Reshmi Chetram remembers dancing throughout her childhood.
Her mother, professional dancer Deviekha Chetram, who owned the Tarana Dance Center in Scarborough, led the family in regular backyard revels. “There was always music, creativity, inspiration and community around us,” she says. “Being of Indo-Caribbean descent, our experience consisted of (dance styles like) folk, chutney, nagara, Bollywood, kathak, odissi and contemporary.” Every Friday, the family went to the video store to choose a Bollywood movie. “We grew up experiencing all of this. Dancing didn’t seem like an extracurricular activity: it was just our life.
At 18, Chetram turned professional and traveled to India to study Kathak; she then began dancing and choreographing with companies that performed all over the world, and dabbled in production and directing. In 2008, she developed BollyFit, an Indian dance fitness company that had over 150 instructors worldwide, and in 2011 had her own television show. “Indian classical dance is history in motion,” she says. “There is something so special about the preservation and continuity of ancient forms that have spanned centuries, weaving stories using the body language our ancestors used to tell stories of their time.”
Around 2013, Chetram’s mother began to suffer from dementia due to Alzheimer’s disease. Even though her career takes off, Chetram decides to take care of her. “Truthfully, most of the time I didn’t know what I was doing, so I focused on emotions, empathy, structure, routine, and joy,” she says. “What would make her smile today?” It was the simplest things. It was a day at the spa at home, she was playing her favorite song, she was playing Scrabble and not paying attention to the spelling.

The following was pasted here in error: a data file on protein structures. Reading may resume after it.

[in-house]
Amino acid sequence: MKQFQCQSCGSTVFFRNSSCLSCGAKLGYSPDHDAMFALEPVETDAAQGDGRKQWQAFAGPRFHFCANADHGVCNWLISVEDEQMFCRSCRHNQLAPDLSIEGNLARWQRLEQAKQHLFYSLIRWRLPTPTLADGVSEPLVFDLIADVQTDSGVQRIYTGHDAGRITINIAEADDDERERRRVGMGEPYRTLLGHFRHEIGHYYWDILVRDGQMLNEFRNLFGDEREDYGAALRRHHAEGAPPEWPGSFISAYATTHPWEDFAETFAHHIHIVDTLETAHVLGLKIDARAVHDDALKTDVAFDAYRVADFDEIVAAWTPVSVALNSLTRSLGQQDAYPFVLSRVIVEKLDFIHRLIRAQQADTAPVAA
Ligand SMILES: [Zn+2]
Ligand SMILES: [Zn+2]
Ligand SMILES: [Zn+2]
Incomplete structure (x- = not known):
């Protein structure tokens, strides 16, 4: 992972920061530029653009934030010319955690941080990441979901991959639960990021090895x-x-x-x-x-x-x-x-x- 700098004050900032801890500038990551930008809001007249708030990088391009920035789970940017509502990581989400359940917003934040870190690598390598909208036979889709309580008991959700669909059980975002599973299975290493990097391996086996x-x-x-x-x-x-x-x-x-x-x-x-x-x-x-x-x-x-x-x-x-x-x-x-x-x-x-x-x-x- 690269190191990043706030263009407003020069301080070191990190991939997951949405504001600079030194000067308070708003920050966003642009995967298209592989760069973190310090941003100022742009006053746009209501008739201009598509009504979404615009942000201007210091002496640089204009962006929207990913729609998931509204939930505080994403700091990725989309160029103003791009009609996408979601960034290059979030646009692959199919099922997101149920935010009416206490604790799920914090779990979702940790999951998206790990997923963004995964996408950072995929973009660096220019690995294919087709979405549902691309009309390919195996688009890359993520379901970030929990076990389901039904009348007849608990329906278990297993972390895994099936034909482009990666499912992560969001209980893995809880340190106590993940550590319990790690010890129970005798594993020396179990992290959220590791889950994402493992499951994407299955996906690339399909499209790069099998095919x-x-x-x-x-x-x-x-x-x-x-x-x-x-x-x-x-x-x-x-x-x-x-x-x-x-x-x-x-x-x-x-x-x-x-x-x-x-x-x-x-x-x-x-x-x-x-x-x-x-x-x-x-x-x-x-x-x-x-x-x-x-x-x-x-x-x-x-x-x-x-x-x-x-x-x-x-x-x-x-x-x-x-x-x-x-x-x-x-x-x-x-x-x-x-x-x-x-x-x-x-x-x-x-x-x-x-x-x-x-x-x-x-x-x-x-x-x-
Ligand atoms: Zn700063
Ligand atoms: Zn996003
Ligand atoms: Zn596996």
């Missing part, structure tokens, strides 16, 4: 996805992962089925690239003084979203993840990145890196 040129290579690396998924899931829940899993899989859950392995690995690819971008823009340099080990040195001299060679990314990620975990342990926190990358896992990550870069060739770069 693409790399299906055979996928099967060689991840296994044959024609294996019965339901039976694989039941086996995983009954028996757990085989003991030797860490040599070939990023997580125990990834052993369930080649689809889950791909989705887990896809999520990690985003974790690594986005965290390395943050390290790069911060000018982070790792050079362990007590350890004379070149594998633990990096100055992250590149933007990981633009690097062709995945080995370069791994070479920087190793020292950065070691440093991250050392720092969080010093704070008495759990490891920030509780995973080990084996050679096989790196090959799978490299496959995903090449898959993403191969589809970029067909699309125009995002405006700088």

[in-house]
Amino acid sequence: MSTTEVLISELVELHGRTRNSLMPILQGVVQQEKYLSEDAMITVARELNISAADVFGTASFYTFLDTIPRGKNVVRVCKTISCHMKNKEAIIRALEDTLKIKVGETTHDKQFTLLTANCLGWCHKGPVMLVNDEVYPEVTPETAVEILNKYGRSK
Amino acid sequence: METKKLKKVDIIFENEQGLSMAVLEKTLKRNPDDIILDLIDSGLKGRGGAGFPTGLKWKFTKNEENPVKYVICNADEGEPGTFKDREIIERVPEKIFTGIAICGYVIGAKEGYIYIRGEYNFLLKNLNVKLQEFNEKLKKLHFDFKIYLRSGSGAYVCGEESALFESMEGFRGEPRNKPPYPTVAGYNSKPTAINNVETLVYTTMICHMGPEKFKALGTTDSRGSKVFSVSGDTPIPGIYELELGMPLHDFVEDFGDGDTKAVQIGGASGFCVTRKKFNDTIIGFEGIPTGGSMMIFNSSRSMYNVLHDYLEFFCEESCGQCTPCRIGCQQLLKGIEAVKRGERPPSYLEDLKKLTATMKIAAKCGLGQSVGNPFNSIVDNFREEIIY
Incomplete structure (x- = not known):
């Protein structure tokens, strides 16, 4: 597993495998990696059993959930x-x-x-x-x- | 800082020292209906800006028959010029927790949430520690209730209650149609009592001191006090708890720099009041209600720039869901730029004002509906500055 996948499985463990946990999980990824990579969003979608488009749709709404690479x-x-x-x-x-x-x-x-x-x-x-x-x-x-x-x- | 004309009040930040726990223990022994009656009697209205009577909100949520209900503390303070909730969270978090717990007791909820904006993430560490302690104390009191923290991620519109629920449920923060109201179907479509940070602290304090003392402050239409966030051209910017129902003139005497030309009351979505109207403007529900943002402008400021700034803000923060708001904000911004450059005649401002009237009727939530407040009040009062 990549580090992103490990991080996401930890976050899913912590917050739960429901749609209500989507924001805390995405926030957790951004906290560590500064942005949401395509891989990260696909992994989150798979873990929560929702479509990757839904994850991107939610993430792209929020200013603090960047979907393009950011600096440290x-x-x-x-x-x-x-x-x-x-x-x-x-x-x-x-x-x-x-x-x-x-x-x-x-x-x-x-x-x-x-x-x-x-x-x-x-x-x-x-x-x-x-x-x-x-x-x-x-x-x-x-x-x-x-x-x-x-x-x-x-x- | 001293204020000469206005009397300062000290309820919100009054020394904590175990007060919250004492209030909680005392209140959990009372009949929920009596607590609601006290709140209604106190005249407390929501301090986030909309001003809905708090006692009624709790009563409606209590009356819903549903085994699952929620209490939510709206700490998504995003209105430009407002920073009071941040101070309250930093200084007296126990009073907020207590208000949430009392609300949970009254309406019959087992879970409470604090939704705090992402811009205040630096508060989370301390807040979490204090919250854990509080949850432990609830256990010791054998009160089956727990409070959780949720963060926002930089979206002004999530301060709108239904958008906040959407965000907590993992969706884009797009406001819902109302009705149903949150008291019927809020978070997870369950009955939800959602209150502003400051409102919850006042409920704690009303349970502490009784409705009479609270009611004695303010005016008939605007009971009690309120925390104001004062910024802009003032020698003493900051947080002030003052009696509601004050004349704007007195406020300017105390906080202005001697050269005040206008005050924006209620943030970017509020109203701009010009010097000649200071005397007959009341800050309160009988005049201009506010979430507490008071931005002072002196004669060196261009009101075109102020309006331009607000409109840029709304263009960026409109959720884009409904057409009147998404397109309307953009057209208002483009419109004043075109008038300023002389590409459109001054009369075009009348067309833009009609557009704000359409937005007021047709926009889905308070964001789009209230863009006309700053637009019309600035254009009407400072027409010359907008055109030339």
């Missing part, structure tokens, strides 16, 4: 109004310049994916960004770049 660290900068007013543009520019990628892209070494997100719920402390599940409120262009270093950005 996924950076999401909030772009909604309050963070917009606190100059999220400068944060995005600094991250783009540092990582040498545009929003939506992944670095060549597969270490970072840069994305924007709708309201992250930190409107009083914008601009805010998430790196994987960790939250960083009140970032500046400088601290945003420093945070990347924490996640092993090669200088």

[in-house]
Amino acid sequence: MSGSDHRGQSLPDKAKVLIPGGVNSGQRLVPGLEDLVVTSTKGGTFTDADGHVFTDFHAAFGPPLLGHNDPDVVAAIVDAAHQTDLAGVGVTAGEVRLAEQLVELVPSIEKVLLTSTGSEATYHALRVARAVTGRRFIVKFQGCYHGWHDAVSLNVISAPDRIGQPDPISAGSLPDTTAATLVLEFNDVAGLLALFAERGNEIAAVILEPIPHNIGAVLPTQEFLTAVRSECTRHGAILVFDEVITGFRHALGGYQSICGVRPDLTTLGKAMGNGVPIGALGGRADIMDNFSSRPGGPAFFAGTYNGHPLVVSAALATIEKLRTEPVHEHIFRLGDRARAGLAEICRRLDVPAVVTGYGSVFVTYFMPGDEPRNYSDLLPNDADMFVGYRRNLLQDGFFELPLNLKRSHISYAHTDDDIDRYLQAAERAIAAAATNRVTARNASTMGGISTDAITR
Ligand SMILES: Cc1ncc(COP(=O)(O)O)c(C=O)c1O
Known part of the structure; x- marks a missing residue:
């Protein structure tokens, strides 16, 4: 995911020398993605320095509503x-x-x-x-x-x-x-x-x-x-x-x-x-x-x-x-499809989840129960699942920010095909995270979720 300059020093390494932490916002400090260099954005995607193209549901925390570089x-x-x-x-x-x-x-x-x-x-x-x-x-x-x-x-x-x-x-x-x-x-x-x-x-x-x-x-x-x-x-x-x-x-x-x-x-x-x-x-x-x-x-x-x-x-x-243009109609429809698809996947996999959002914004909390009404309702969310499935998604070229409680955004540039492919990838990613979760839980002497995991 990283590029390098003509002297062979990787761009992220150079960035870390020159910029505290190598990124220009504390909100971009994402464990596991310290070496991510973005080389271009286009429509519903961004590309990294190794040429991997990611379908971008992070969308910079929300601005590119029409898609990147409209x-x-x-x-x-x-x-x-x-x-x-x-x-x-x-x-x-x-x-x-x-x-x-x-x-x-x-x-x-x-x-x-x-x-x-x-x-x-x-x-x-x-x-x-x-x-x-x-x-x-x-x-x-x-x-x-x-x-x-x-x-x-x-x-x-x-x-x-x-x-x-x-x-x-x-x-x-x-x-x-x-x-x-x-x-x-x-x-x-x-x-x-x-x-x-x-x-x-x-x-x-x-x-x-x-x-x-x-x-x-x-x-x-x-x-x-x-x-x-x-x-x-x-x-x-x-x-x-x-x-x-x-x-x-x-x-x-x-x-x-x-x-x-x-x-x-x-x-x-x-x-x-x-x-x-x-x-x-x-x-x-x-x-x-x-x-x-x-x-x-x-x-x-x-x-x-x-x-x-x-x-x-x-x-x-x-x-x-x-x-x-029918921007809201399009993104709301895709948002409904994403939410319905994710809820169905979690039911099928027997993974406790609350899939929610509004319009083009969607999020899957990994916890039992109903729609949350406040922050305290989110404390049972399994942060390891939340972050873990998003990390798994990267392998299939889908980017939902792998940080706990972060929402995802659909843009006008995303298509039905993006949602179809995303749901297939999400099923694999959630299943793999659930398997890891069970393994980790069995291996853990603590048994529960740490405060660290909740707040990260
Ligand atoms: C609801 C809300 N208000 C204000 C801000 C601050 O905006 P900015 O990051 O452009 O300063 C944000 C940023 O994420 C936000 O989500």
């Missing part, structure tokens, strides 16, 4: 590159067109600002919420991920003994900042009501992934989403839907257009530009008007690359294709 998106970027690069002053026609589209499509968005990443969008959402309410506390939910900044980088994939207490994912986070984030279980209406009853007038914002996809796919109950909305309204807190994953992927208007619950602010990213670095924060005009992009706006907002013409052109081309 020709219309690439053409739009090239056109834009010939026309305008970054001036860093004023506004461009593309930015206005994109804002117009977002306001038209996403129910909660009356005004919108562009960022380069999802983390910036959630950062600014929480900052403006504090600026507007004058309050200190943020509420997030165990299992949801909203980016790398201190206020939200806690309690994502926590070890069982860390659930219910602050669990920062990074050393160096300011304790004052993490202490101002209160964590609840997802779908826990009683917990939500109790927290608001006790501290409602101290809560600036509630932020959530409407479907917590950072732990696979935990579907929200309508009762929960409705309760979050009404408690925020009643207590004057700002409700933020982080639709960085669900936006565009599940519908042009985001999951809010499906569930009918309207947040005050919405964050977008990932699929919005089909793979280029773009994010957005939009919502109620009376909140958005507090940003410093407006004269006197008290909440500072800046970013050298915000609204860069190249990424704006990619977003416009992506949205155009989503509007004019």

Chetram took over teaching at his mother’s school, even bringing some lessons to their home. “As a daughter, I told myself to keep her around the things that brought her joy – and dancing elicited a response from my mother that I can only explain as pure joy,” she says. “Coming from Guyana, my mother and her sister, Geeta Leo, brought classical Indian dance from South America to Toronto, transmitting and preserving Indo-Caribbean culture and arts to many first-generation Canadian artists who now also their own dance companies and artistic endeavors. »
Chetram cared for her mother until her death in 2020. Inspired by her mother’s advocacy, last March she launched a new series of tutorials, DWRLessons, on her website, reshmichetram.com, aimed at making Indian dance accessible to all. “Dancers of all ages, levels and backgrounds can participate in a way that suits them,” she says. These pre-recorded choreography class videos are $15 each, and she offers free kathak tutorials through her YouTube channel.
She also launched a mentoring service to help fellow artists with everything from writing a grant to mounting a full-scale production. Its new online lifestyle boutique, Reysh Rituals – selling traditional items like incense, Indian jewelry and malas (prayer beads) – will launch later this month.
Carrying on the tradition of his mother, Chetram fills his own home with Indian music and dance. “My children and I dance every day,” she says. “My desire as a mother is to provide an environment rich in our culture, roots, history and experiences, so that they can thrive and feel connected to their culture in their own way as they grow. ‘they grow up.’